University of Nebraska Medical Center

What is COVID rebound? Doctors explain common symptoms and who’s at risk

NBC News

With COVID levels high across most of the country, some people may find themselves experiencing symptoms of COVID rebound in the coming weeks.

“COVID rebound is a recurrence of COVID symptoms after initial improvement or a new positive test after a negative one,” Dr. Scott Roberts, associate medical director of infection prevention at Yale School of Medicine in New Haven, Connecticut, tells TODAY.com. 

Earlier in the pandemic, COVID rebound was thought to be mostly caused by taking the antiviral treatment Paxlovid, as many of these patients would notice symptoms returning a few days after finishing treatment. But a recent report from the U.S. Centers for Disease Control and Prevention found no consistent link between taking Paxlovid and those who experienced COVID rebound.

Here’s a review on what we know so far about COVID rebound, as the U.S. continues to ride its second-largest COVID wave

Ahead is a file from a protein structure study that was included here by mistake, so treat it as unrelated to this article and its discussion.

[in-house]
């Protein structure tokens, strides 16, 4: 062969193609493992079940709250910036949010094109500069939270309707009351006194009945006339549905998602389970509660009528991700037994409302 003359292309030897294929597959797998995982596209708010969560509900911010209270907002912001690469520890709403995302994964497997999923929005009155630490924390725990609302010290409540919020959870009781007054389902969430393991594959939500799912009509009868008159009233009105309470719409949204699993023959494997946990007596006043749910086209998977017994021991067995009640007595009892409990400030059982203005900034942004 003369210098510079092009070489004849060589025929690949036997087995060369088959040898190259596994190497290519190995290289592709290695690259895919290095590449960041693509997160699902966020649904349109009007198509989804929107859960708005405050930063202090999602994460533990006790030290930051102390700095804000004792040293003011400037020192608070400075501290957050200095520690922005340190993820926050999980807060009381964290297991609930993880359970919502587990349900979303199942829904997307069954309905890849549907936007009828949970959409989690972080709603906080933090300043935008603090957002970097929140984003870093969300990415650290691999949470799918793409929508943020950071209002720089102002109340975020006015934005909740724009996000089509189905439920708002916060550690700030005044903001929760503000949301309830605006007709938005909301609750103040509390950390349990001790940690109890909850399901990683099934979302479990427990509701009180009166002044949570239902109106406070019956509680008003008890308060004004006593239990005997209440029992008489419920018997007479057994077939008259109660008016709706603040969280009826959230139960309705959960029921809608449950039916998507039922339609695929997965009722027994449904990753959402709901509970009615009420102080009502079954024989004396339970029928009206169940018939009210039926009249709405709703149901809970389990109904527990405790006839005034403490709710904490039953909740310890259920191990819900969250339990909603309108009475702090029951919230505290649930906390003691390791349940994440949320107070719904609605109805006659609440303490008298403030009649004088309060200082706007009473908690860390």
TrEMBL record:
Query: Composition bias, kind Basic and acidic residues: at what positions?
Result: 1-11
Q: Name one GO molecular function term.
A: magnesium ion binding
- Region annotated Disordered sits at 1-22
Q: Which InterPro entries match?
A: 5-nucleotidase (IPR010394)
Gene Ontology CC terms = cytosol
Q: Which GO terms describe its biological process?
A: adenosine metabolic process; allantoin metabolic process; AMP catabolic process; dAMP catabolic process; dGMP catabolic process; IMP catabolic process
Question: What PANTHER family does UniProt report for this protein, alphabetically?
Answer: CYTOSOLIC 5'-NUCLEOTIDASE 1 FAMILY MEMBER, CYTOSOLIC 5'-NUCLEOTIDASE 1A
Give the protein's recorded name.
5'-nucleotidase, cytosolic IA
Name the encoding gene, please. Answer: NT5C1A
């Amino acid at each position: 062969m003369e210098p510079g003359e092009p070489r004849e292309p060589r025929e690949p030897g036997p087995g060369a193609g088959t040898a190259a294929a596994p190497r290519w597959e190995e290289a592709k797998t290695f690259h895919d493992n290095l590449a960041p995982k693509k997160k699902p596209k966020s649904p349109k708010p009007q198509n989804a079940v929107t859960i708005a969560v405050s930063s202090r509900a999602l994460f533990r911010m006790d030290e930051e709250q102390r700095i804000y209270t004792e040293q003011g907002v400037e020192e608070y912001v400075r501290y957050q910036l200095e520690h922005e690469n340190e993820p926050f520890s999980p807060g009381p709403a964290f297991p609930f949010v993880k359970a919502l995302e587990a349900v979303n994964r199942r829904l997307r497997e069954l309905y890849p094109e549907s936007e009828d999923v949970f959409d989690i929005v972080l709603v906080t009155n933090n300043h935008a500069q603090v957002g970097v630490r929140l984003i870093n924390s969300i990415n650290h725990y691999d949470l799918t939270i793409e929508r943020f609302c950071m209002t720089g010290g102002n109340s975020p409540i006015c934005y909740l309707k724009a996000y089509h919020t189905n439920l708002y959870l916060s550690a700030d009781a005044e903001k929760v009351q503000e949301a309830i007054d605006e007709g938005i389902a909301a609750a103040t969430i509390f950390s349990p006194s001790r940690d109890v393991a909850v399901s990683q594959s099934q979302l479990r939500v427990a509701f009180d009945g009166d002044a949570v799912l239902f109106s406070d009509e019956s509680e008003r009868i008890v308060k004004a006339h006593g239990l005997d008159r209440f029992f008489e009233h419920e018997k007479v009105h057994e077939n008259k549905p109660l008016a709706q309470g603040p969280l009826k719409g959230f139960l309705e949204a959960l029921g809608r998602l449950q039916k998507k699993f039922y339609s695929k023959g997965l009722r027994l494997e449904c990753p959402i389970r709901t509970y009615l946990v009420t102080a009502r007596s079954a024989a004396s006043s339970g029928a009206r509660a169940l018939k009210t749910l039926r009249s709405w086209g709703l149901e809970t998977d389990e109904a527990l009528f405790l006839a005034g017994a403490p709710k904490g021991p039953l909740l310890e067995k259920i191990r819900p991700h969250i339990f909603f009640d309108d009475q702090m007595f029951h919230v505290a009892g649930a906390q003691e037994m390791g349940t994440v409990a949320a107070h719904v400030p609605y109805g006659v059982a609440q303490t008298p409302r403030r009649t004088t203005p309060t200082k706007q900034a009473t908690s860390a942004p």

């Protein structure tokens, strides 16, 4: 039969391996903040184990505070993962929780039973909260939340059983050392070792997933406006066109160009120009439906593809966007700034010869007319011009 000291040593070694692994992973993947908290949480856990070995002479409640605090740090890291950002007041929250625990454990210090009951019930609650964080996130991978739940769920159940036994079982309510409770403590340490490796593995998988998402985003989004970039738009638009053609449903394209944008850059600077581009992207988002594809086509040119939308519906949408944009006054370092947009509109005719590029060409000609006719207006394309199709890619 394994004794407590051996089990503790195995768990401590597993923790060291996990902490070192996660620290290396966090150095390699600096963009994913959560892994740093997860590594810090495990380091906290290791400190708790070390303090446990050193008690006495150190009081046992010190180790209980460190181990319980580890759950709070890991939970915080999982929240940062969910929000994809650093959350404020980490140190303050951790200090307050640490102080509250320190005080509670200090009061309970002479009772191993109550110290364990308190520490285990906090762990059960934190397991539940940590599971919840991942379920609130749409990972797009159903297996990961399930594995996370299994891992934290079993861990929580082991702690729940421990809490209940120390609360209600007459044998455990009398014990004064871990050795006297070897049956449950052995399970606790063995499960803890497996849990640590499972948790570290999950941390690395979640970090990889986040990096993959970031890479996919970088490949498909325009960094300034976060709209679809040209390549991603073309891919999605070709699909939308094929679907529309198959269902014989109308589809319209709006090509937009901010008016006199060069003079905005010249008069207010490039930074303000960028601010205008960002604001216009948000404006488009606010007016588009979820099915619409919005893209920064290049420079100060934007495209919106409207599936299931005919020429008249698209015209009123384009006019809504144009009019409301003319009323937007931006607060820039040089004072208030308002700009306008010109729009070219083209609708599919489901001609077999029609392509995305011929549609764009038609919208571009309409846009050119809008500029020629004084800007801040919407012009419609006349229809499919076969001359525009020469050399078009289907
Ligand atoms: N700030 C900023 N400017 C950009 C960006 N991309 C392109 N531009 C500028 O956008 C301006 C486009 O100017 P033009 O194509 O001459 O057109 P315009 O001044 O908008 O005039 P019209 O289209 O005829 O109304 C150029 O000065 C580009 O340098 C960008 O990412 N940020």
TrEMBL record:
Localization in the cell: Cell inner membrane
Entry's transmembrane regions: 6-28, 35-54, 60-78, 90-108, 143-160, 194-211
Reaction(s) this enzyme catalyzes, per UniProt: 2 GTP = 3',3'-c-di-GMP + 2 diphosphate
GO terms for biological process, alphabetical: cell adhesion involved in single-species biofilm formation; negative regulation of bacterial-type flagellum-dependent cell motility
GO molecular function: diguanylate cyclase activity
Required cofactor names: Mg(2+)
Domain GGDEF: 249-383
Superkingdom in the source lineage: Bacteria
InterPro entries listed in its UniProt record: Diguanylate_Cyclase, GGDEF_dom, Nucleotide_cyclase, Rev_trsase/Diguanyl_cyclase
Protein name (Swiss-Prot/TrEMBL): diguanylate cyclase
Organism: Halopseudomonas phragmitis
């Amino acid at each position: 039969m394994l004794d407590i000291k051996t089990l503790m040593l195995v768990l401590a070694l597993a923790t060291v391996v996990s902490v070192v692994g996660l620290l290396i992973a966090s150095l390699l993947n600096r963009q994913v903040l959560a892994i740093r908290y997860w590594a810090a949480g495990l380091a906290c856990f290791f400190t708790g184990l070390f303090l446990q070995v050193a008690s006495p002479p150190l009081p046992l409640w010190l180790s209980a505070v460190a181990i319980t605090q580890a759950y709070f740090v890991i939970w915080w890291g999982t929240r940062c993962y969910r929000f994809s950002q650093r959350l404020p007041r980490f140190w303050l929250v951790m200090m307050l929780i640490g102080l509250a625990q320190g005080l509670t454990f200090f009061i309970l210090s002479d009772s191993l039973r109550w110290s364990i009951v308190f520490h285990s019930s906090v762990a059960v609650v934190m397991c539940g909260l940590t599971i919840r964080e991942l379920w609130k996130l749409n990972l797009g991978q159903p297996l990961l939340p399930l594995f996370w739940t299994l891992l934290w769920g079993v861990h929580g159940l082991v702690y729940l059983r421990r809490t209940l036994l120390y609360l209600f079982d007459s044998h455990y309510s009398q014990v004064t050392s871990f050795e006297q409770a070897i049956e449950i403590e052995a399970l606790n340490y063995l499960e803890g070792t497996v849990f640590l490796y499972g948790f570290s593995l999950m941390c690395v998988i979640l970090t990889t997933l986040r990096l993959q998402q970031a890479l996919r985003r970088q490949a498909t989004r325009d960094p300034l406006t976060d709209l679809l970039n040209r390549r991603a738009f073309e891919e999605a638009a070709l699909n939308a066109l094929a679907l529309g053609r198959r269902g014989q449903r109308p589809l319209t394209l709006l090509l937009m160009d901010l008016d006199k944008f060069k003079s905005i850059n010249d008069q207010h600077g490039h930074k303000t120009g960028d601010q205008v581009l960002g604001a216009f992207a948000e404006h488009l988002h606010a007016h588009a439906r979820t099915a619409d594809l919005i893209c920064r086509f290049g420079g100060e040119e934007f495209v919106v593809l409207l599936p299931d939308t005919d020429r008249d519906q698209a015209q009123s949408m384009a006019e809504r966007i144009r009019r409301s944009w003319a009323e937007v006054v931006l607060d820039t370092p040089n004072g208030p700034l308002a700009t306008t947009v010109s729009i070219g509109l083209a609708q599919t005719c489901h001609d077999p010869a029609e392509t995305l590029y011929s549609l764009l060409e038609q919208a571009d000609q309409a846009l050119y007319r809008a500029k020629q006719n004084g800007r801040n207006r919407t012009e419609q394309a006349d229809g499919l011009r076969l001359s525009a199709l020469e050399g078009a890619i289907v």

What is COVID rebound? 

COVID rebound occurs when COVID symptoms stop and then return days later. It’s not exactly clear why it happens.

The current evidence suggests COVID rebound usually occurs three to seven days after an infection resolves in patients, according to the December CDC report.


  1. Wanda Estril says:

    If I have OVID Rebound, do I need to isolate. If so, for how long?

    1. Claudinne Miller says:

      Hi Wanda,

      COVID “rebound” is not uncommon, and it can occur with and without antiviral treatment. “Rebound” does not have an official definition, but many experts would probably agree that any case with recurrence of symptoms more than 7 days after initial onset, and after a period of resolution of symptoms for at least 48, would classify as rebound. Most studies of patients with rebound indicate that viral shedding resolves more quickly, generally within 48-72 hours after symptoms resolve.

      James Lawler, MD, MPH, FIDSA
      Global Center for Health Security
      University of Nebraska Medical Center

Leave a comment

Your email address will not be published. Required fields are marked *

This site uses Akismet to reduce spam. Learn how your comment data is processed.